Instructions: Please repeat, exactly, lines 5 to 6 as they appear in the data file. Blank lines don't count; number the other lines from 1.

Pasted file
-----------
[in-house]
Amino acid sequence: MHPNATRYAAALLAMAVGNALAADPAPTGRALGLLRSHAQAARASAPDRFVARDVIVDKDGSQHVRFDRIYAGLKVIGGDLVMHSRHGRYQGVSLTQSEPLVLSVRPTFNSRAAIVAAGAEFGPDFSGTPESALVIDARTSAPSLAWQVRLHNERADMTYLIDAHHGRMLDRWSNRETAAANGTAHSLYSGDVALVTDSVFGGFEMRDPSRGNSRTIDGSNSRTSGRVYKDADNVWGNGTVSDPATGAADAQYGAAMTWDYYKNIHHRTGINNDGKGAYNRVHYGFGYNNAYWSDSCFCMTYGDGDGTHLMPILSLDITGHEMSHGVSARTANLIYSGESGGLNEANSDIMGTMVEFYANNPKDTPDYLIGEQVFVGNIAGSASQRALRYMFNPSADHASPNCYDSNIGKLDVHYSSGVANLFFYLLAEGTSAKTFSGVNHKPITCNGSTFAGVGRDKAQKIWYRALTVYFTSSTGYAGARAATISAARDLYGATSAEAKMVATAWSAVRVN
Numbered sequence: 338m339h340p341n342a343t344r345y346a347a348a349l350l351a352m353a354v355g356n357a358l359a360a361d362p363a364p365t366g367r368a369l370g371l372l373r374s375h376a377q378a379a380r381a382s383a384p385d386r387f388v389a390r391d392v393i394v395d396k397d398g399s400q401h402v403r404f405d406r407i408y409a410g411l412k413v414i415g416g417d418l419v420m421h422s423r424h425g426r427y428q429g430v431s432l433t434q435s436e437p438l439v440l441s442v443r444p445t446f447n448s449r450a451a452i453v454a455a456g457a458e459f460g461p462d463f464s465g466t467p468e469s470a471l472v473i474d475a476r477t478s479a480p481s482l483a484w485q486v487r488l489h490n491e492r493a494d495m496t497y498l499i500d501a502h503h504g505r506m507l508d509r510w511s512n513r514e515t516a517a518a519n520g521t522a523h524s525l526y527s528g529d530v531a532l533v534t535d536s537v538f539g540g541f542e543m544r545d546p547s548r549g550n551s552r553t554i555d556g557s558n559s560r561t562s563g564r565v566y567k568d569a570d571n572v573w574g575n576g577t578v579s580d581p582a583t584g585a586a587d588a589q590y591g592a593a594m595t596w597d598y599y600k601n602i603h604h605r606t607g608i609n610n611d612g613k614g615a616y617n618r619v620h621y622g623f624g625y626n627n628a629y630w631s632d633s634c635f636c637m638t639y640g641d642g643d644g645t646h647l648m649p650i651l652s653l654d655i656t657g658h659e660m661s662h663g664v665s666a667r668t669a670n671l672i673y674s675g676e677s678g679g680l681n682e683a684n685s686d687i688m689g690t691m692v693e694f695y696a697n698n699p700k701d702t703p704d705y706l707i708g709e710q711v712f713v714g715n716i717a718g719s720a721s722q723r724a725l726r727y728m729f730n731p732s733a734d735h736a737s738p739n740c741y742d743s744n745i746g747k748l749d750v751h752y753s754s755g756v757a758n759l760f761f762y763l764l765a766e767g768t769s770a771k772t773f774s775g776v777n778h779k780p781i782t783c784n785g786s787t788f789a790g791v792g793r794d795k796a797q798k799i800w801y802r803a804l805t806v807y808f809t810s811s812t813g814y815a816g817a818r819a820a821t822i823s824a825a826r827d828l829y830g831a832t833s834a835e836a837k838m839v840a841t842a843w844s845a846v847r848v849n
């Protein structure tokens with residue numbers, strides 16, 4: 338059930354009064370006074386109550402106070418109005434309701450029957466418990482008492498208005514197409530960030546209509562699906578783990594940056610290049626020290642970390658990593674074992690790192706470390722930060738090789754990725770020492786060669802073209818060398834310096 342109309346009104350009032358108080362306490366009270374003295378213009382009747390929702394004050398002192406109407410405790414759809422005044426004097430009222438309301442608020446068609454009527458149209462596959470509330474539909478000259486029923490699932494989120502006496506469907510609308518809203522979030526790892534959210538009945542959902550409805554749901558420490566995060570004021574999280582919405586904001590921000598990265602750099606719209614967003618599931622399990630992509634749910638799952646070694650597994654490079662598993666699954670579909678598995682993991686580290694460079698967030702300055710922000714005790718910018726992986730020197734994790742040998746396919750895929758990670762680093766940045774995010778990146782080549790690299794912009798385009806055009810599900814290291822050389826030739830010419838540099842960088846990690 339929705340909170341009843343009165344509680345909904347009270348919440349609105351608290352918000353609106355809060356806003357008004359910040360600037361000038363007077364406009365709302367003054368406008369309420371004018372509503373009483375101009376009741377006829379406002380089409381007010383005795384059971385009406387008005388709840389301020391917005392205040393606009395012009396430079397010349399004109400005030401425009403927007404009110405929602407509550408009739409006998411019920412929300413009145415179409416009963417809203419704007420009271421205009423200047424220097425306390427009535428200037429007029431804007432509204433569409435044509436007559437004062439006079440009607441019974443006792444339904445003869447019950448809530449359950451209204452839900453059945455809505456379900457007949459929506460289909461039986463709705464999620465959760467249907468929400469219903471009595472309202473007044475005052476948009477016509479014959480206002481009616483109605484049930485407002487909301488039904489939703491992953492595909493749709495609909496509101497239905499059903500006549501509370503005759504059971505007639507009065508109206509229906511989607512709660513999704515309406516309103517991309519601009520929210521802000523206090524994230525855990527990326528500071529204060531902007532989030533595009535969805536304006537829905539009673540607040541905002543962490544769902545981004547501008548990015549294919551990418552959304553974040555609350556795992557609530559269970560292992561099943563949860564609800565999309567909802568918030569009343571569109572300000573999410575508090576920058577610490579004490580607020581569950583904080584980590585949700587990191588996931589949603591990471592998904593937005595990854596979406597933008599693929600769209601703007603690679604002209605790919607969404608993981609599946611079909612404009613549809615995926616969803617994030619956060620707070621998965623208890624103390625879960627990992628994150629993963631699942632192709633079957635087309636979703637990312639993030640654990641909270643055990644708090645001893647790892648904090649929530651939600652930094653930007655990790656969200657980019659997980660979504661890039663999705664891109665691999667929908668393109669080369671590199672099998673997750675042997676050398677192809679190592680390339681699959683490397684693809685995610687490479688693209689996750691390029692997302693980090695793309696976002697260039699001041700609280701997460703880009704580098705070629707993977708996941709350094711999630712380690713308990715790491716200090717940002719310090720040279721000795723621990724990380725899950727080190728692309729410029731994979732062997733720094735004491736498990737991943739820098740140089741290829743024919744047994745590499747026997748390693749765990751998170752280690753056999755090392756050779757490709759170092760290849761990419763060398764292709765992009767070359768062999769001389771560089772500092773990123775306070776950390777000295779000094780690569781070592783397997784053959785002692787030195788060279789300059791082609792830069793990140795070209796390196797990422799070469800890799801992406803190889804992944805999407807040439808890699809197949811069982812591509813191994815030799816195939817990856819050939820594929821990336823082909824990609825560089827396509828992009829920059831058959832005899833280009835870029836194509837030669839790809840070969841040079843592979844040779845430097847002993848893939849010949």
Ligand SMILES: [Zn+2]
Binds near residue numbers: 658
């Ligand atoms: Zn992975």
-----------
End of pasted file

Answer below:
Ligand SMILES: [Zn+2]
Binds near residue numbers: 658